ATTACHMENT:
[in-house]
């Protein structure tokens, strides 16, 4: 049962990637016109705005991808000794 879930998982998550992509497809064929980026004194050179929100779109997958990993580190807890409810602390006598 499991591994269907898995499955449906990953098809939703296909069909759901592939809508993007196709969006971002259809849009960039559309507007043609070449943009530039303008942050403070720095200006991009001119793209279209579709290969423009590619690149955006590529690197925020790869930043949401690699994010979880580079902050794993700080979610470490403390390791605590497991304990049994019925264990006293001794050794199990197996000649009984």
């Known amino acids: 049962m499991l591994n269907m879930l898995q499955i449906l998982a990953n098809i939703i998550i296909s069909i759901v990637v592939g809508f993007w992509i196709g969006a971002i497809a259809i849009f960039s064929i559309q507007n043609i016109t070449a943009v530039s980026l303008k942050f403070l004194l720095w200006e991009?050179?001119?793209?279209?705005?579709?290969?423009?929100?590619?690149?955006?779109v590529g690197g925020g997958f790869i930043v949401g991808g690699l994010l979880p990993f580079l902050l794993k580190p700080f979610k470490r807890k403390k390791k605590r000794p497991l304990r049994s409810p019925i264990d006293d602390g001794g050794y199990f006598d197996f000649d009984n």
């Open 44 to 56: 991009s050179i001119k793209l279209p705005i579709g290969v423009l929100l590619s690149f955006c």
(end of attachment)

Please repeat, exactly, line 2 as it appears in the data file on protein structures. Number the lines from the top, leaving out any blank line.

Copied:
């Protein structure tokens, strides 16, 4: 049962990637016109705005991808000794 879930998982998550992509497809064929980026004194050179929100779109997958990993580190807890409810602390006598 499991591994269907898995499955449906990953098809939703296909069909759901592939809508993007196709969006971002259809849009960039559309507007043609070449943009530039303008942050403070720095200006991009001119793209279209579709290969423009590619690149955006590529690197925020790869930043949401690699994010979880580079902050794993700080979610470490403390390791605590497991304990049994019925264990006293001794050794199990197996000649009984």